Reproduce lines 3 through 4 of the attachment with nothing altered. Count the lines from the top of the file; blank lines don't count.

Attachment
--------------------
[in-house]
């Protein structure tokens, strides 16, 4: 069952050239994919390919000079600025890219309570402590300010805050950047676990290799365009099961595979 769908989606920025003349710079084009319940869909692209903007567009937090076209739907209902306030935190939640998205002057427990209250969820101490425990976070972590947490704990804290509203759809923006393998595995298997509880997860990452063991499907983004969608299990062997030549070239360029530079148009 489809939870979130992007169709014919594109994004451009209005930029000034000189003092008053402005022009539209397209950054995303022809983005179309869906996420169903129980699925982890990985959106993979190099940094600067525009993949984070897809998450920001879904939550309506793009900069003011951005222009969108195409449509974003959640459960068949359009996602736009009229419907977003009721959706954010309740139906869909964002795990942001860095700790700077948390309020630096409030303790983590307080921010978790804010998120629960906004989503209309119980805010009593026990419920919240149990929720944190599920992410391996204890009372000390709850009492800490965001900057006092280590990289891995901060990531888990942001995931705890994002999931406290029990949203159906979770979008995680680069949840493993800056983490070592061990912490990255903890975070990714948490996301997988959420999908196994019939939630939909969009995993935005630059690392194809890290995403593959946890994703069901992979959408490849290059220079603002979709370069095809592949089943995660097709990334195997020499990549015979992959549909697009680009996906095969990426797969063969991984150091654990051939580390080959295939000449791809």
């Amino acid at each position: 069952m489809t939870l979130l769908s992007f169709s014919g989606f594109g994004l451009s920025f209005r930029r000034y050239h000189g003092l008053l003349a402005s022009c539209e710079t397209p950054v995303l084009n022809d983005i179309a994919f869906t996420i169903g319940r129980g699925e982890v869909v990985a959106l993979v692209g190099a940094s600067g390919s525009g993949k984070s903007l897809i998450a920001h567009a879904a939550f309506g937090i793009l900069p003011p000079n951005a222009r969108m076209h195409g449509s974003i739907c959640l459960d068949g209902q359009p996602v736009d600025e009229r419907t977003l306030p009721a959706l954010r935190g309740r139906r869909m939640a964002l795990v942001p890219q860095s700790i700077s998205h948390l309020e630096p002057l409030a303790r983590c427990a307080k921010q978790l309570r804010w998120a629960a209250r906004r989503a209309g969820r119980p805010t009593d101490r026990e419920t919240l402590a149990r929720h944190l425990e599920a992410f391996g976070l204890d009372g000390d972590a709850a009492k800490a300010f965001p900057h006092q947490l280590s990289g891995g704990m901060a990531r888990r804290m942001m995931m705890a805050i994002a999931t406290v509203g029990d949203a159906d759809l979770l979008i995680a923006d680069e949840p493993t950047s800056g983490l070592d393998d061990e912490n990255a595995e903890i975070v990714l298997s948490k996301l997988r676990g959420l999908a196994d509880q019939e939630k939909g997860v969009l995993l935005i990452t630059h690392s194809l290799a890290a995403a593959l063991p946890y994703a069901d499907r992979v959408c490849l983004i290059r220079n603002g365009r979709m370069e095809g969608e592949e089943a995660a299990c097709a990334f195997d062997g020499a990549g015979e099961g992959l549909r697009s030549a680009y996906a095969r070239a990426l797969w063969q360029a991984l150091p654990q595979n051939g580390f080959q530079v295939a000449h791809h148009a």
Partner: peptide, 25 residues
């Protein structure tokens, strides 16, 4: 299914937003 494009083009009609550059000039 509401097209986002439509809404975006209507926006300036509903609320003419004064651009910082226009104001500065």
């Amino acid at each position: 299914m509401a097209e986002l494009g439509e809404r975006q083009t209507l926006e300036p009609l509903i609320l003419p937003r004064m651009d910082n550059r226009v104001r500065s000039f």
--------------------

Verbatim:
């Amino acid at each position: 069952m489809t939870l979130l769908s992007f169709s014919g989606f594109g994004l451009s920025f209005r930029r000034y050239h000189g003092l008053l003349a402005s022009c539209e710079t397209p950054v995303l084009n022809d983005i179309a994919f869906t996420i169903g319940r129980g699925e982890v869909v990985a959106l993979v692209g190099a940094s600067g390919s525009g993949k984070s903007l897809i998450a920001h567009a879904a939550f309506g937090i793009l900069p003011p000079n951005a222009r969108m076209h195409g449509s974003i739907c959640l459960d068949g209902q359009p996602v736009d600025e009229r419907t977003l306030p009721a959706l954010r935190g309740r139906r869909m939640a964002l795990v942001p890219q860095s700790i700077s998205h948390l309020e630096p002057l409030a303790r983590c427990a307080k921010q978790l309570r804010w998120a629960a209250r906004r989503a209309g969820r119980p805010t009593d101490r026990e419920t919240l402590a149990r929720h944190l425990e599920a992410f391996g976070l204890d009372g000390d972590a709850a009492k800490a300010f965001p900057h006092q947490l280590s990289g891995g704990m901060a990531r888990r804290m942001m995931m705890a805050i994002a999931t406290v509203g029990d949203a159906d759809l979770l979008i995680a923006d680069e949840p493993t950047s800056g983490l070592d393998d061990e912490n990255a595995e903890i975070v990714l298997s948490k996301l997988r676990g959420l999908a196994d509880q019939e939630k939909g997860v969009l995993l935005i990452t630059h690392s194809l290799a890290a995403a593959l063991p946890y994703a069901d499907r992979v959408c490849l983004i290059r220079n603002g365009r979709m370069e095809g969608e592949e089943a995660a299990c097709a990334f195997d062997g020499a990549g015979e099961g992959l549909r697009s030549a680009y996906a095969r070239a990426l797969w063969q360029a991984l150091p654990q595979n051939g580390f080959q530079v295939a000449h791809h148009a």
Partner: peptide, 25 residues